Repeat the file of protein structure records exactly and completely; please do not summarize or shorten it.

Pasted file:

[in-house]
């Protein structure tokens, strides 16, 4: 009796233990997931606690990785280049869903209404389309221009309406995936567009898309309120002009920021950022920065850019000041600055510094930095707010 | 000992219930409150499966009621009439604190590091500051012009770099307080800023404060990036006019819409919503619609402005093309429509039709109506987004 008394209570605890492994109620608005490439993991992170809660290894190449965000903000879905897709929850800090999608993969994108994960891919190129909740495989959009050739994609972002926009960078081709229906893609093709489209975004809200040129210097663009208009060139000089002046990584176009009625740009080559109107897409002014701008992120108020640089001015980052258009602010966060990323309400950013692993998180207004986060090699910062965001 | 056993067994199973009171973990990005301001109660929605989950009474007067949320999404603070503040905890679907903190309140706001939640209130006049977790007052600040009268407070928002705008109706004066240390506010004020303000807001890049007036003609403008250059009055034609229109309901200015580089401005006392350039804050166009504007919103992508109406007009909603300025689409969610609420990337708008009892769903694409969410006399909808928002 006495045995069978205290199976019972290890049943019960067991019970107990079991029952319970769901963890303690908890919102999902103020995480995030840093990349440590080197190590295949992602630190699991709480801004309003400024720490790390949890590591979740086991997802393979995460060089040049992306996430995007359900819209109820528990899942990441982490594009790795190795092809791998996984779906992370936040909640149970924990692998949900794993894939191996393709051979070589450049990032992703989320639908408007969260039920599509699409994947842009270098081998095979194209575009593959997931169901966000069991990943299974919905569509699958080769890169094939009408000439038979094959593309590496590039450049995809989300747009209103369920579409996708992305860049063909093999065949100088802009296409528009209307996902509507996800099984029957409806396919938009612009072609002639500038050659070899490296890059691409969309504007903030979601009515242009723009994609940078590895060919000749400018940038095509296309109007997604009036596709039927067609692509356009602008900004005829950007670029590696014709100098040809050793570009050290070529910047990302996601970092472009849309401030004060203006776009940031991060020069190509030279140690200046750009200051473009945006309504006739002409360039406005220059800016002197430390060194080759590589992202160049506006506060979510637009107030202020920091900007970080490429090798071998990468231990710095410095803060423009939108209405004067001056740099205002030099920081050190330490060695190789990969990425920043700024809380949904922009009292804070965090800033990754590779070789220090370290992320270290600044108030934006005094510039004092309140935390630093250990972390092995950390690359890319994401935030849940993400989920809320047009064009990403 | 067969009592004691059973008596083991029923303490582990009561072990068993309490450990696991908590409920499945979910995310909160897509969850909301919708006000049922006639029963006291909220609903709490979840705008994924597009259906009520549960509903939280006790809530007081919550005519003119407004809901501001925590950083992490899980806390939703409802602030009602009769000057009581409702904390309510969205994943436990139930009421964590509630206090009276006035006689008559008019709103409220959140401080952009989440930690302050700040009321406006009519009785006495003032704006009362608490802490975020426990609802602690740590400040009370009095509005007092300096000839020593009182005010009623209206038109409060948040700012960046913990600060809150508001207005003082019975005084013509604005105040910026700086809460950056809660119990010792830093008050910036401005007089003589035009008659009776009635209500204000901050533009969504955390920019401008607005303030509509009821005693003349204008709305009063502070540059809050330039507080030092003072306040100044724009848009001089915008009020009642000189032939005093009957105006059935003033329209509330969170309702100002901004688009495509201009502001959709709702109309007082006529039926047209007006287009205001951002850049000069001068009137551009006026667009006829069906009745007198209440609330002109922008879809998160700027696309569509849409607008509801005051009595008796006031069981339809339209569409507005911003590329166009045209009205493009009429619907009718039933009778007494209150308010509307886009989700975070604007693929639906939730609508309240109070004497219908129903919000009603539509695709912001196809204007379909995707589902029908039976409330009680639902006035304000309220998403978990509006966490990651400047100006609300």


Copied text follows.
[in-house]
């Protein structure tokens, strides 16, 4: 009796233990997931606690990785280049869903209404389309221009309406995936567009898309309120002009920021950022920065850019000041600055510094930095707010 | 000992219930409150499966009621009439604190590091500051012009770099307080800023404060990036006019819409919503619609402005093309429509039709109506987004 008394209570605890492994109620608005490439993991992170809660290894190449965000903000879905897709929850800090999608993969994108994960891919190129909740495989959009050739994609972002926009960078081709229906893609093709489209975004809200040129210097663009208009060139000089002046990584176009009625740009080559109107897409002014701008992120108020640089001015980052258009602010966060990323309400950013692993998180207004986060090699910062965001 | 056993067994199973009171973990990005301001109660929605989950009474007067949320999404603070503040905890679907903190309140706001939640209130006049977790007052600040009268407070928002705008109706004066240390506010004020303000807001890049007036003609403008250059009055034609229109309901200015580089401005006392350039804050166009504007919103992508109406007009909603300025689409969610609420990337708008009892769903694409969410006399909808928002 006495045995069978205290199976019972290890049943019960067991019970107990079991029952319970769901963890303690908890919102999902103020995480995030840093990349440590080197190590295949992602630190699991709480801004309003400024720490790390949890590591979740086991997802393979995460060089040049992306996430995007359900819209109820528990899942990441982490594009790795190795092809791998996984779906992370936040909640149970924990692998949900794993894939191996393709051979070589450049990032992703989320639908408007969260039920599509699409994947842009270098081998095979194209575009593959997931169901966000069991990943299974919905569509699958080769890169094939009408000439038979094959593309590496590039450049995809989300747009209103369920579409996708992305860049063909093999065949100088802009296409528009209307996902509507996800099984029957409806396919938009612009072609002639500038050659070899490296890059691409969309504007903030979601009515242009723009994609940078590895060919000749400018940038095509296309109007997604009036596709039927067609692509356009602008900004005829950007670029590696014709100098040809050793570009050290070529910047990302996601970092472009849309401030004060203006776009940031991060020069190509030279140690200046750009200051473009945006309504006739002409360039406005220059800016002197430390060194080759590589992202160049506006506060979510637009107030202020920091900007970080490429090798071998990468231990710095410095803060423009939108209405004067001056740099205002030099920081050190330490060695190789990969990425920043700024809380949904922009009292804070965090800033990754590779070789220090370290992320270290600044108030934006005094510039004092309140935390630093250990972390092995950390690359890319994401935030849940993400989920809320047009064009990403 | 067969009592004691059973008596083991029923303490582990009561072990068993309490450990696991908590409920499945979910995310909160897509969850909301919708006000049922006639029963006291909220609903709490979840705008994924597009259906009520549960509903939280006790809530007081919550005519003119407004809901501001925590950083992490899980806390939703409802602030009602009769000057009581409702904390309510969205994943436990139930009421964590509630206090009276006035006689008559008019709103409220959140401080952009989440930690302050700040009321406006009519009785006495003032704006009362608490802490975020426990609802602690740590400040009370009095509005007092300096000839020593009182005010009623209206038109409060948040700012960046913990600060809150508001207005003082019975005084013509604005105040910026700086809460950056809660119990010792830093008050910036401005007089003589035009008659009776009635209500204000901050533009969504955390920019401008607005303030509509009821005693003349204008709305009063502070540059809050330039507080030092003072306040100044724009848009001089915008009020009642000189032939005093009957105006059935003033329209509330969170309702100002901004688009495509201009502001959709709702109309007082006529039926047209007006287009205001951002850049000069001068009137551009006026667009006829069906009745007198209440609330002109922008879809998160700027696309569509849409607008509801005051009595008796006031069981339809339209569409507005911003590329166009045209009205493009009429619907009718039933009778007494209150308010509307886009989700975070604007693929639906939730609508309240109070004497219908129903919000009603539509695709912001196809204007379909995707589902029908039976409330009680639902006035304000309220998403978990509006966490990651400047100006609300």